I know a lot of people who complain about how Christmas displays start popping up right after (or in some cases, before) Halloween. I always have to laugh. For me, Christmas starts in September.
At least the planning phase, that is. Late September is when I start planning out production and sales schedules for the end of the year, a period that feels a bit like a roller coaster: there are ups and downs, moments of calm and terror, and the whole thing runs on rails right until the end.
At which point we get out, weak-kneed and wobbly, and go lie down for a little while.
The last day of September is when sign-ups for November firings happen at Club Mud--we schedule two months out. This year, I avoided the scrum by firing on Halloween, then putting off my final firing until the start of December. So I spent October, after Clay Fest, making, firing, glazing and glaze firing pots. I filled about a dozen special orders, bumped a few to the next cycle.
Early November was packing and shipping orders, and stocking galleries, which involved day trips to Forest Grove, Oregon and Olympia, Washington. Diving back into studio work, complicated by the fact that fall is here, and nothing wants to dry. I'm trying to get a bisque done, and a couple of day's glazing accomplished, before I have to take a break to load the van for Clay Folk.
Technically, Holiday Market starts this weekend, though we won't be there. Setting up for a weekend, then taking down everything to go down to Medford, only to set up again just isn't possible for us. We normally miss the first weekend of Market; this year, we'll miss two.
Clayfolk is always the weekend before Thanksgiving; it's a constant of the universe. I booked my motel in July, picked my booth in October, got my move-in packet and work shifts last week. Last night I bought fancy cookies for the opening reception; tomorrow I start sorting the van and loading in the display hardware.
Meanwhile, I printed and mailed the Holiday Market postcard, and am still hoping to get a moment to rake the thousands of oak leaves that all dropped at once after our early frost.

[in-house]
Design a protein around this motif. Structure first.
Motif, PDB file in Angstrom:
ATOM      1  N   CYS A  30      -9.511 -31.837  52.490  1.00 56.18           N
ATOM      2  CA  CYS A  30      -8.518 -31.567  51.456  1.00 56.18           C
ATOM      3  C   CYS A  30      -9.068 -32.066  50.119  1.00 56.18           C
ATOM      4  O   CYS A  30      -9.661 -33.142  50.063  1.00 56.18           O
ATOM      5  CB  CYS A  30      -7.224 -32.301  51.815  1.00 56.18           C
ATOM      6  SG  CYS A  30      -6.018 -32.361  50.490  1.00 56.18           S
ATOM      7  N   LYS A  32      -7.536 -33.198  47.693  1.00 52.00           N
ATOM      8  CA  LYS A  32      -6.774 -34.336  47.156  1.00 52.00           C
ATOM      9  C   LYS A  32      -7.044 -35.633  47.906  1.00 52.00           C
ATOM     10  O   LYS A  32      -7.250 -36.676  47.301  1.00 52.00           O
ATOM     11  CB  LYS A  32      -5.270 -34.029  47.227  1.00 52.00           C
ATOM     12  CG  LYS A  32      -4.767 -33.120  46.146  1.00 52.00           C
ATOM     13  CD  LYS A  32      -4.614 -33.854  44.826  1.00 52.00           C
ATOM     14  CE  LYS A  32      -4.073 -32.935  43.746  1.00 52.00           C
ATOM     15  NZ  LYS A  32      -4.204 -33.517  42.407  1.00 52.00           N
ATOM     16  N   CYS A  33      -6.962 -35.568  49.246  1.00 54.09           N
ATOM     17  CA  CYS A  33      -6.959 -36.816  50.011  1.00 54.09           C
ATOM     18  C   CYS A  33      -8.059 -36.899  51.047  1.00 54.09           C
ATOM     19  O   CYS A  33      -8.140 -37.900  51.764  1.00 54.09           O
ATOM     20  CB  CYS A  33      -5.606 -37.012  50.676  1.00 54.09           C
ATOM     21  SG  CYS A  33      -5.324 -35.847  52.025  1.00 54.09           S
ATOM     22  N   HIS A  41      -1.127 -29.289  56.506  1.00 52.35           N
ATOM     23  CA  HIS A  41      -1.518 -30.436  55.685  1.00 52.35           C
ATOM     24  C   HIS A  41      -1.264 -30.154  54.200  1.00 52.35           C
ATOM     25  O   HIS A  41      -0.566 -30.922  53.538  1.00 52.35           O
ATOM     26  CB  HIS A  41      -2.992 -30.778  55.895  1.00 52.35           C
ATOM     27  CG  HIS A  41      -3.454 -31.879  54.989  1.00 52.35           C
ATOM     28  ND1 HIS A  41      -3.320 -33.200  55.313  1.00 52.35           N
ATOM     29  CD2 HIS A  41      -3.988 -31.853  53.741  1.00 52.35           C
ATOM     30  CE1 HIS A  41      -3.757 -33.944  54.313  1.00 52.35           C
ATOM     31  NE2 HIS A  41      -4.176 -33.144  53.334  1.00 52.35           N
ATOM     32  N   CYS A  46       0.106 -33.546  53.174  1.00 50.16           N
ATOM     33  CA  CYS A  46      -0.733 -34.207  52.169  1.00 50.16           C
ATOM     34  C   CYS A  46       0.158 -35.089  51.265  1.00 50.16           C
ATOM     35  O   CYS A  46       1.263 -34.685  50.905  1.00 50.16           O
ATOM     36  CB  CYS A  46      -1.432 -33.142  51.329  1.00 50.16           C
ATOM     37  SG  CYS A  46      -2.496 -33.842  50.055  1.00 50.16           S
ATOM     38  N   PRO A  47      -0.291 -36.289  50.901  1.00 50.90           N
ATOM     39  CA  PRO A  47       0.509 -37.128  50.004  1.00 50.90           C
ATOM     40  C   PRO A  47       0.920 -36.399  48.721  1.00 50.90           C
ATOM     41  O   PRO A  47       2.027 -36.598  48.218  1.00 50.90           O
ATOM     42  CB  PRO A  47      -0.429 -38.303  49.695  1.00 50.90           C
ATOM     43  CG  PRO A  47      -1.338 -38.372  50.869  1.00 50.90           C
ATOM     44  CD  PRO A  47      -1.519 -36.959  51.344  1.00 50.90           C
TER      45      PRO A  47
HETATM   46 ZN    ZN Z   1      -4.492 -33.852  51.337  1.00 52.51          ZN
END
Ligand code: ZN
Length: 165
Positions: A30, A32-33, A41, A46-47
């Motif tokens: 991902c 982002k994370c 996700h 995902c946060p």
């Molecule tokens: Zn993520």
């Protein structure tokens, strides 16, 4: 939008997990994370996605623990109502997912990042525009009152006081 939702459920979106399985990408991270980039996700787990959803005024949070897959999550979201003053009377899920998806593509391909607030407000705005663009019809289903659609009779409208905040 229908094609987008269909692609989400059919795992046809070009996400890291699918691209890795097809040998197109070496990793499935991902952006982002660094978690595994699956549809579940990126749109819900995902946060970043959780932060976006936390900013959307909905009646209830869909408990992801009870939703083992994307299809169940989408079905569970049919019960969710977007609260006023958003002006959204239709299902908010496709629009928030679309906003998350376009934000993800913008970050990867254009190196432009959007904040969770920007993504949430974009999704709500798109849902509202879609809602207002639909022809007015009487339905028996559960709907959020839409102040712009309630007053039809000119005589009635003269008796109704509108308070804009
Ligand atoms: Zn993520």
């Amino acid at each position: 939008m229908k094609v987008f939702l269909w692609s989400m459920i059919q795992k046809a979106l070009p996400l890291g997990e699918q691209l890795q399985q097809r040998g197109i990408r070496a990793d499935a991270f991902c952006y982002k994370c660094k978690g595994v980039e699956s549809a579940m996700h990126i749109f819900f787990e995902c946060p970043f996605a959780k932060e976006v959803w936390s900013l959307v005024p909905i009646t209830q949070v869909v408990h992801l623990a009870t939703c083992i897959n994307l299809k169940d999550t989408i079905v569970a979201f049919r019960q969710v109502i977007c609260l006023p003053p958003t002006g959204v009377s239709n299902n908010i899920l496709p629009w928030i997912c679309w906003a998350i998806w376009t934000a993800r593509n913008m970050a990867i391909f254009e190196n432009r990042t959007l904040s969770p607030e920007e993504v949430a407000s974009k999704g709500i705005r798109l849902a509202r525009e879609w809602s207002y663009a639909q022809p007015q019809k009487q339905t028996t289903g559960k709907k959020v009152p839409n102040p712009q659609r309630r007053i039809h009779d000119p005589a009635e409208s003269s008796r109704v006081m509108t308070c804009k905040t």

Our Holiday Market starts Thanksgiving weekend, on Friday. The following Monday or Tuesday, I'll load the big gas kiln with my last firing of the year. (Any late custom orders will thereafter be bumped into 2020.) And then its just time to ride the roller coaster, one weekend of sales at a time, out to Christmas Eve. We'll pack up the pots that evening, come back on Boxing Day to take out the booth. Pack and ship family presents. And probably have our own Christmas celebration sometime around New Year.
Why do we keep doing this? Part of it is financial, of course. Like a lot of businesses, we make a big percentage of our annual income this time of year. But a lot of it is personal. We see so many people year after year, telling us how appreciated our work was last Christmas, how they need to get more. It's nice, being a part of your holiday tradition.
Due to scheduling difficulties, Clayfolk will not be at the Medford Armory. We have located to the vacant Toys R Us building at 1300 Biddle Road, Medford, Oregon. Spread the news!
I generally don't paint mythical creatures on my pottery. Dragons, mermaids, fairies: there's lots of people who do that kind of imagery. I stick to what I can see, photograph. Which now, I guess, includes unicorns.
After all, all those creatures you know came about from transcription and translation errors from copying Greco-Roman sources (who themselves got them from travelers’ tales from Persia and India). Tiger becomes manticore, python, dragon. Rhinoceros is a unicorn.
One of the other potters at Club Mud has two little boys, who frequently join him when he comes to to load a kiln. They're nice kids, not too rambunctious, and will usually sit in the yard, or play with some clay while he works. If I'm glazing, they may stop in a watch for a bit, which I never mind. Once, when I was glazing, younger brother asked if I ever did a rhinoceros, which I hadn't, at the time. I tried one later, glazing Empty Bowls, and it was kind of fun. I made a mental note to come back to it one day.
And promptly forgot.
Fast forward a couple of years. My sister, the new-age banker, had a request: could I do a rhinoceros pie plate for her friend? The rhinoceros was her primary power animal, specifically a female rhino named Wamatumi.
I'm always up for a new challenge. Also? If it had to be a female rhino, that meant I could paint a baby rhino alongside her. Baby rhino? How could I resist?
So I jumped right in. Did a pie plate. Dessert plate. Two tall mugs. A rhino-sized serving bowl. I even got inspired to do a new tiled mirror project, African animals, including lions, a hippo, my favorite baby elephant, and, of course, rhinos.
What's next? Rhinocereal bowls?